Pesticide residues found in oranges from Israel
In early 2020, Finnish Customs carried out intensified controls of oranges imported from Israel due to the discovered presence of bromopropylate, a pesticide that is prohibited in the EU. Customs has rejected about 104 000 kg of oranges.
Customs examined and rejected the first consignment of oranges in February. By mid-April, Customs has examined altogether 16 consignments and rejected eight consignments amounting to 104 000 kg due to the presence of bromopropylate.
“We examine the first consignments that arrive in Finland always at the start of a new harvest season. As we discovered problems with the consignments, we decided to continue with controls until the end of the orange harvest season in Israel. Most likely we will also conduct intensified controls during the next harvest season as well”, says Ms Jonna Neffing, head of product safety.
Consignments that were found to be non-compliant with regulations were prevented from entering the market. During the examinations, the oranges were stored at the warehouses of importers. Only consignments that were confirmed as safe for consumers were allowed to end up in shops.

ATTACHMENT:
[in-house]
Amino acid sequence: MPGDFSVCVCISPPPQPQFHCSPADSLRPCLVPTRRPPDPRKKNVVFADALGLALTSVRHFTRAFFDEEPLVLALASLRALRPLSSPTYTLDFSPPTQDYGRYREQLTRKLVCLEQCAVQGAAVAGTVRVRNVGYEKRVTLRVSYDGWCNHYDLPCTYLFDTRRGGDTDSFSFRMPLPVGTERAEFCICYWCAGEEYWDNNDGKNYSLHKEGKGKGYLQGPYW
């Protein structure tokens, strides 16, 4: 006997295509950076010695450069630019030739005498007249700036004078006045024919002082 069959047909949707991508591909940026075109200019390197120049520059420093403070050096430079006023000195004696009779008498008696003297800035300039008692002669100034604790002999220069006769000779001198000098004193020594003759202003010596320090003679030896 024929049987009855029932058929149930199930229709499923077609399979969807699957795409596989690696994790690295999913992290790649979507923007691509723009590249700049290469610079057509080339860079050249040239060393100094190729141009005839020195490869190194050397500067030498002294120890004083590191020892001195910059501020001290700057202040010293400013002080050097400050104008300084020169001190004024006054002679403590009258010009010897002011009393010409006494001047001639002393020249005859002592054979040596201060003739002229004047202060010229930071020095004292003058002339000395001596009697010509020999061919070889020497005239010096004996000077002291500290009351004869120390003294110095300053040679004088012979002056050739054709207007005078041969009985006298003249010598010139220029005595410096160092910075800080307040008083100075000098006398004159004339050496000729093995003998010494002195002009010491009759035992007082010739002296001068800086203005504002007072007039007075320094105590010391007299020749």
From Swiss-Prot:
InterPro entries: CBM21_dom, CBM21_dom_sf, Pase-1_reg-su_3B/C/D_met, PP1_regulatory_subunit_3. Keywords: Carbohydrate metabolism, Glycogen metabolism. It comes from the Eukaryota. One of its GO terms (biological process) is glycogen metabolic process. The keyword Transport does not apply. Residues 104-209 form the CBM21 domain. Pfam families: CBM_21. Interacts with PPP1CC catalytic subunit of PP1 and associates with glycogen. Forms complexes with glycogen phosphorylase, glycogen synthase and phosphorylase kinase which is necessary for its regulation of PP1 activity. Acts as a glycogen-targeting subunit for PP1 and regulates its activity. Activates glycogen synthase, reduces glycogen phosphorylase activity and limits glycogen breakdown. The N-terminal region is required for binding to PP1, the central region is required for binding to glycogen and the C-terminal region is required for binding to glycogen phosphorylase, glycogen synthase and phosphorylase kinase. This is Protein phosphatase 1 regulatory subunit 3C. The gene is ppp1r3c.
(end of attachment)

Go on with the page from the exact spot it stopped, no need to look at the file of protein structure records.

“We have not found bromopropylate in any of the products we have examined for several years. Its presence in Israeli oranges this year was a surprise”, says ms Suvi Ojanperä, head of division responsible for chemical examinations of foodstuffs.
Bromopropylate is a pesticide used in repelling ticks that are found in citrus fruit. The EU prohibited the use of bromopropylate entirely in 2011, as it could not be proven as safe for consumers.
Each year, Customs examines about 3 000 consignments of imported foodstuffs, and searches for pesticide residues in about 1 000 samples.